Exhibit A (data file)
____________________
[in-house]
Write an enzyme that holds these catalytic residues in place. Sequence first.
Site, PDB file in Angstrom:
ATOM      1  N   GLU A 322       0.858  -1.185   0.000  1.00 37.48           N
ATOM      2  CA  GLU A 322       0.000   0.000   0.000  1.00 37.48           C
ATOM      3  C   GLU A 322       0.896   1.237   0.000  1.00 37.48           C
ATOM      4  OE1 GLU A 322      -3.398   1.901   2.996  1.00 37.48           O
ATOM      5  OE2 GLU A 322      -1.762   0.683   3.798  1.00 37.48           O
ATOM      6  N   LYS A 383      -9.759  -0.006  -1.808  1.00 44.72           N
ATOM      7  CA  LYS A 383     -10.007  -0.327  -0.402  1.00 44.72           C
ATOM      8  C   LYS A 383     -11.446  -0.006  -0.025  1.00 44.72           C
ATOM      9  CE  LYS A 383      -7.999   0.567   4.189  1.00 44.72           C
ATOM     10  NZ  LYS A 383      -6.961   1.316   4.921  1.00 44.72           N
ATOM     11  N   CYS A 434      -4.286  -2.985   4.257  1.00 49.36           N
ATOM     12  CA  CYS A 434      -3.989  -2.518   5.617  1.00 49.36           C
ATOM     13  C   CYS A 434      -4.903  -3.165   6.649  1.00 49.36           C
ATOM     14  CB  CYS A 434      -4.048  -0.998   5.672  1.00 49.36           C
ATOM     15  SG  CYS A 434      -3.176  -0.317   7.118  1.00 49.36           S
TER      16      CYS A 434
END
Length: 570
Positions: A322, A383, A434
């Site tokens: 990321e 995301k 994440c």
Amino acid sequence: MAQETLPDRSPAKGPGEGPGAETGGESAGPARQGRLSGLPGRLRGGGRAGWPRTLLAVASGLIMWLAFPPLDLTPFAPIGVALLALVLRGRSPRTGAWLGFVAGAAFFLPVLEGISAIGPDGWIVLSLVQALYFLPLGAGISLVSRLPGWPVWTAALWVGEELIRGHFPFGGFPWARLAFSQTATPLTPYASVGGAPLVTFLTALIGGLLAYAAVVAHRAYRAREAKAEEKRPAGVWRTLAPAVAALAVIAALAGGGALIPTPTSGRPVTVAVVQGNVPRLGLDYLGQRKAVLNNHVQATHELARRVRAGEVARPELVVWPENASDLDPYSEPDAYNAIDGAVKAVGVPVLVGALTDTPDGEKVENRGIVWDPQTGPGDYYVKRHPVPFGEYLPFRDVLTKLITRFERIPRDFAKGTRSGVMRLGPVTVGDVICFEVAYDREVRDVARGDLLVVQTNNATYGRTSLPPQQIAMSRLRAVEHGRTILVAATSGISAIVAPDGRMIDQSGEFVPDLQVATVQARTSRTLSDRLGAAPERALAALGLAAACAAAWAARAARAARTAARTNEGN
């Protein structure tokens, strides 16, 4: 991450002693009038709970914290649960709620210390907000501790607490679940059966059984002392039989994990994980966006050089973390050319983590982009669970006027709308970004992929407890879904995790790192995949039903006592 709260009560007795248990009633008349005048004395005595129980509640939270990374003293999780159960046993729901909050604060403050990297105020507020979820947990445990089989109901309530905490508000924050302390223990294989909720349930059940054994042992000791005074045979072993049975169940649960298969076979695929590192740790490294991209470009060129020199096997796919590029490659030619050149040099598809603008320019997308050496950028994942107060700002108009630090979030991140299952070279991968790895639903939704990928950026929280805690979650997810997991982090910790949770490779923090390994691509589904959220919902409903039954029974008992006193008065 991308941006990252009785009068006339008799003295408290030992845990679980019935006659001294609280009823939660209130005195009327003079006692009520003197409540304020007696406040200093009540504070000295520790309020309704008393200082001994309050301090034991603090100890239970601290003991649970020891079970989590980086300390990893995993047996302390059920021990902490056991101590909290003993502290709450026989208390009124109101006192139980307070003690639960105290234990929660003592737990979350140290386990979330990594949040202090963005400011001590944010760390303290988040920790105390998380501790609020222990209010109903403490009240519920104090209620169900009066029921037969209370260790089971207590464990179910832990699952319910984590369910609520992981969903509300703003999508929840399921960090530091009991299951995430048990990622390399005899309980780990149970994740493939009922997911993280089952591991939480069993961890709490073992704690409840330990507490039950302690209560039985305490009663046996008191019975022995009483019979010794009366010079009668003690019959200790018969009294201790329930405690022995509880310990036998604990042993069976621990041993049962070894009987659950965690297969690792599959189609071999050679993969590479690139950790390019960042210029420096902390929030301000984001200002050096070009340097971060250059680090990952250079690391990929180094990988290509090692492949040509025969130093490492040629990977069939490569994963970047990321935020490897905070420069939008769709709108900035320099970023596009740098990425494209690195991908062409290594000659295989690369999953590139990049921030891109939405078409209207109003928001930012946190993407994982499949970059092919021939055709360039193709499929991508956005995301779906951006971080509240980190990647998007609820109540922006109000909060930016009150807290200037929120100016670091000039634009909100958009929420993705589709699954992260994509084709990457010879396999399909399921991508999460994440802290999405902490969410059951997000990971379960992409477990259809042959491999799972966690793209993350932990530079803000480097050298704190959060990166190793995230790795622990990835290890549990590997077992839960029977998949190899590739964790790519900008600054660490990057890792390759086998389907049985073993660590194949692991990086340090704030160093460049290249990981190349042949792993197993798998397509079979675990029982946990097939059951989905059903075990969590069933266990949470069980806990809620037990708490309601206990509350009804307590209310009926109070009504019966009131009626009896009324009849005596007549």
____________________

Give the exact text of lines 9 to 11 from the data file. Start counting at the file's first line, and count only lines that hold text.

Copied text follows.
ATOM      6  N   LYS A 383      -9.759  -0.006  -1.808  1.00 44.72           N
ATOM      7  CA  LYS A 383     -10.007  -0.327  -0.402  1.00 44.72           C
ATOM      8  C   LYS A 383     -11.446  -0.006  -0.025  1.00 44.72           C